The dyeing process

Do you want to know about the dyeing process? Come and learn a little bit more….

I will be giving you a general idea , so you can understand it better and see the work it implies for these amazing women.


Yarn dyed with: cochineal, madder, osage orange and indigo

Dyeing with natural Dyes is a process that goes all the way from the plant to the color on the fiber. The fibers are prepared and then dyed with the different plants and insects.

The synthetic dyes were invented in the 19TH century, but before that, all dyes were natural and all ancient civilizations used different ways and techniques for dyeing.


Today almost all dyes are made out of oil, but natural dyes are emerging again as an alternative. A more ethic and ecological option!

 Dyeing is divided in 3 parts:


*Preparing the bath

* Dyeing

Dyeing with Natural Dyes is an art that requires practice and a lot of knowledge.In Guatemala we were dyeing cotton yarn, which is one of the most complicated fibers to dye. Animal fibers such as silk and wool are much more easier to dye.

Fibers need to be treated with a mordant so the fiber gets ready to receive the colorant.But before talking about mordants, it’s important to make a difference between the Substantive and Adjective dyes.

For the Substantive dyes , there’s no need to use a mordant. So there’s no need of a supplementary process. Example of these are the tannins and of course indigo.

The adjective dyes need to to be treated with a mordant, so they can absorb better the dye.Example of these are all the other dyes such as cochineal. Madder, logwood, osage orange, etc…

For adjective dyes, all fibers (cellulose and protein) need to be treated with a mordant. As I said before, it is easier to dye protein fibers, because they have a a better affinity to dyes.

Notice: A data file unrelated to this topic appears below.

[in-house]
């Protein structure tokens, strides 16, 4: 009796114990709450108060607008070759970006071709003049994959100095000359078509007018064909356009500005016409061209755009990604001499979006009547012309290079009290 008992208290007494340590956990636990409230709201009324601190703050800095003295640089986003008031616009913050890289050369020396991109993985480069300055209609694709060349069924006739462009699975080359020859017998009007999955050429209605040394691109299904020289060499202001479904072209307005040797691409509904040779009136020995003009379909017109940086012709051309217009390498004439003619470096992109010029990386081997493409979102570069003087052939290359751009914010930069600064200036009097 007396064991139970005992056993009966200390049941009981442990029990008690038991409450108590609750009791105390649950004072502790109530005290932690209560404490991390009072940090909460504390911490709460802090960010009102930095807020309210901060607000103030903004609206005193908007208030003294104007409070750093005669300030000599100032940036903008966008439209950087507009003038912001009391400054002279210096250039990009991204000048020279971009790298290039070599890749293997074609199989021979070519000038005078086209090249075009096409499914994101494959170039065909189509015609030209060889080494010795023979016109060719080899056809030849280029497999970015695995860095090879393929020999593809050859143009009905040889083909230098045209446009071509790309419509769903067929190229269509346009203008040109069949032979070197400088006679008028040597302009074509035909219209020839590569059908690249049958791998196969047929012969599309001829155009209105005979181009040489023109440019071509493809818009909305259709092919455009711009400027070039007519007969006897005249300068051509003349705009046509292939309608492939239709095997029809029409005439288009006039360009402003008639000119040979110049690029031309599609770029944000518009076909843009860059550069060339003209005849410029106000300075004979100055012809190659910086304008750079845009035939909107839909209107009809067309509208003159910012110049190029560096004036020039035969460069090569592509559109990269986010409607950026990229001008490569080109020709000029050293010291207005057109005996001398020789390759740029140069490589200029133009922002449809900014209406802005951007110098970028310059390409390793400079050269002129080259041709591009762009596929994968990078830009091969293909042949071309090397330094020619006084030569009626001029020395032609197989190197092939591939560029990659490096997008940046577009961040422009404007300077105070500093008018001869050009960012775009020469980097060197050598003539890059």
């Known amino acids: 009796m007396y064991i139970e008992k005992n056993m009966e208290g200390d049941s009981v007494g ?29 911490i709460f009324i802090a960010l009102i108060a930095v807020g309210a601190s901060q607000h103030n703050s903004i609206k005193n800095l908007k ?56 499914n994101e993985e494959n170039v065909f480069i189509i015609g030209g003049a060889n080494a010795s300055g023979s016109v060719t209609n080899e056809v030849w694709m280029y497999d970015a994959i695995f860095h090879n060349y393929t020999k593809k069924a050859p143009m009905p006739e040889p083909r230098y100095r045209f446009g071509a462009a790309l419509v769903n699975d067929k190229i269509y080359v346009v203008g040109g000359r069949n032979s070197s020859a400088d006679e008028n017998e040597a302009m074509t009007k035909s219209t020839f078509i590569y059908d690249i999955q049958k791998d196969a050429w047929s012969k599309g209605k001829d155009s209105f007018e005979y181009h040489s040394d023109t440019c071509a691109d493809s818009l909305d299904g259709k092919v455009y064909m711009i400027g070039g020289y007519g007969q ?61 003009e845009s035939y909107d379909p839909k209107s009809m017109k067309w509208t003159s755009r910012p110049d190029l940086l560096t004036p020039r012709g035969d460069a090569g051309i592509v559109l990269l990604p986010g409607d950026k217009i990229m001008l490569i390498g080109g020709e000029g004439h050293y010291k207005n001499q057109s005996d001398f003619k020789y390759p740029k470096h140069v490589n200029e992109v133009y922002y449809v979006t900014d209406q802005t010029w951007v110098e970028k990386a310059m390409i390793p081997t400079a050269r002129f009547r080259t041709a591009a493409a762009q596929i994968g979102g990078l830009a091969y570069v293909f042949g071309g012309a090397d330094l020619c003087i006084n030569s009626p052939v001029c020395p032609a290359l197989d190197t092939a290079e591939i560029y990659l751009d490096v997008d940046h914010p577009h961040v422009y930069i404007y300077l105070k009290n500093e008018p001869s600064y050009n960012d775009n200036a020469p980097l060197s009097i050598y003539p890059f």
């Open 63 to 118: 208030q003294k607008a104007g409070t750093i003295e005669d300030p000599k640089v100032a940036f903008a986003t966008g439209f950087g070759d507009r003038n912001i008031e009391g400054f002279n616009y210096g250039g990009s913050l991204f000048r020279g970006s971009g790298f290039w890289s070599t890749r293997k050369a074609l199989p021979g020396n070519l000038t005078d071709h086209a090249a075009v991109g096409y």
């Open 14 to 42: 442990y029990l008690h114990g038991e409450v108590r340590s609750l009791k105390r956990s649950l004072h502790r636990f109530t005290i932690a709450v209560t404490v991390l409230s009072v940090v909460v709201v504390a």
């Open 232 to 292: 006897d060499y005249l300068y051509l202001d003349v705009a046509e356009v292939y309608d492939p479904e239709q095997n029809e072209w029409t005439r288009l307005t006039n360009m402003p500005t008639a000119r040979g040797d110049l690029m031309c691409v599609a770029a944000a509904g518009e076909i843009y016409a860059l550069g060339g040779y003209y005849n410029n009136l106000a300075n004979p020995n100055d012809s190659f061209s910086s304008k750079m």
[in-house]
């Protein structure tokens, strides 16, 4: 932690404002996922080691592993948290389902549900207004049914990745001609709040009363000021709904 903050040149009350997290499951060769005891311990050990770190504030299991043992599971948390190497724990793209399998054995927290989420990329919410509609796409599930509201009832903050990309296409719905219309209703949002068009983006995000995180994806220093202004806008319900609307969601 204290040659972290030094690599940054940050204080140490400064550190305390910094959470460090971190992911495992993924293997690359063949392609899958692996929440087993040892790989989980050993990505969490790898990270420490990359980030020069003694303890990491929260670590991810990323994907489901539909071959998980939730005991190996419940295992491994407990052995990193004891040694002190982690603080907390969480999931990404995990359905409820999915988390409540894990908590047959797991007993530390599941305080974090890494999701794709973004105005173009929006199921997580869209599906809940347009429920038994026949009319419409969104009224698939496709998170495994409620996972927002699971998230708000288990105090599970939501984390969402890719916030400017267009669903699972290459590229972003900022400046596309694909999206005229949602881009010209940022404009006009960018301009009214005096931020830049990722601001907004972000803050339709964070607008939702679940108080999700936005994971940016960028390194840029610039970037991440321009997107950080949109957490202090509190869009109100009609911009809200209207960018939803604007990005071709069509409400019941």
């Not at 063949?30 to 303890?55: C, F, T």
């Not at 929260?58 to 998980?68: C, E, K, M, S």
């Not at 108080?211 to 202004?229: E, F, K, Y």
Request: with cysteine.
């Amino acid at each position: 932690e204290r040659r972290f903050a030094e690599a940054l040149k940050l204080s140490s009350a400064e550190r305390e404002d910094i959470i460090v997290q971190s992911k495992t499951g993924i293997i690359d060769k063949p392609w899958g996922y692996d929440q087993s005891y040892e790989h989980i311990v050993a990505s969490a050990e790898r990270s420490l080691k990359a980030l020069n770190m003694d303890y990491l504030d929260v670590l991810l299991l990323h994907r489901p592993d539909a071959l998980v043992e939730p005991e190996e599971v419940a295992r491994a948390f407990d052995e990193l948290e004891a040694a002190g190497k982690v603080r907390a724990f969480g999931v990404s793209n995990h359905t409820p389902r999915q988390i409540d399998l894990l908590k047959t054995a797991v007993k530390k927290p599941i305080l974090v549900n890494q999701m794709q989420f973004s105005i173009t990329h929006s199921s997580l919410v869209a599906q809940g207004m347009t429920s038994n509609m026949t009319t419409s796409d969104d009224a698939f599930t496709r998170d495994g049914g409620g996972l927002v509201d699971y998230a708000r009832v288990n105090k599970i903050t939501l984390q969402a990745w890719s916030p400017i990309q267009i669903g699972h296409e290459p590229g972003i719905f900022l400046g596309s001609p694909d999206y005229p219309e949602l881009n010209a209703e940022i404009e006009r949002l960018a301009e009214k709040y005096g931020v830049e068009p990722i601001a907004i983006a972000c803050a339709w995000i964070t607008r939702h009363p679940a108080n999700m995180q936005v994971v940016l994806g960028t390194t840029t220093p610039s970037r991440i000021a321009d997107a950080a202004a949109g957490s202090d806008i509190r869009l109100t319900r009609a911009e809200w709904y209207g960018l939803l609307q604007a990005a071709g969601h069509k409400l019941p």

A good mordanting is the secret for achieving a great dyeing!

Here in Guatemala we are preparing 2 different baths to mordant the yarn:

1. tannin

2. Soda ash+alum

The yarn soaks for 1 hour in these baths, and then the yarn is ready to be dyed.


 *Cochineal for pink


You can see the white insects on the cactus… that’s the cochineal we use for dyeing!

It’s a parasite insect that lives in cactus. It is mostly found in Mexico, Latin america and the Canary islands.








cochineal already dried and ready to use!!


We can only use the females to dye. The insects are picked and then dried.







cochineal smashed on the hand! you can see the red pigment…











*Osage Orange for yellow

osage orangetree

osage orange tree










A small tree or large shrub, typically growing to 8–15 metres.The flavonoid pigments are present in the wood and in the fruit.

osage orange








*Madder for orange

Used for dyeing red and orange colors.


madder plant









madder root use for dyeing…you can see it’s a little bit red!


For dyeing, we use the root of the plant.







*Indigo for blue


indigo foam (process to make the pigment out of the plant)


Dyeing with indigo is a whole different thing! It is a technique that really needs to be mastered.


For starters, indigo is not soluble in water, so we can’t dye the same way as the others.



We need to do an oxidation-reduction reaction in order to prepare an organic vat. We mix a reducing agent , a base and finally the indigo.

This vat needs to be prepared a night before, so it an be ready to dye in the morning.


Organic indigo vat


For me… Indigo is like magic!

The fiber gets out of the vat having a Green color and then when the yarn gets in contact with oxygen it turns blue!!!!!

It’s amazing to see this transformation.




Indigo pigment










Natural dyes is a huge world! Full of interesting facts, and there is always something new to learn!

I hope this introduction can give you a better idea of how this yarn is dyed. And how these amazing mayan women dye cotton yarn !

It requires a lot of effort, work and patience.

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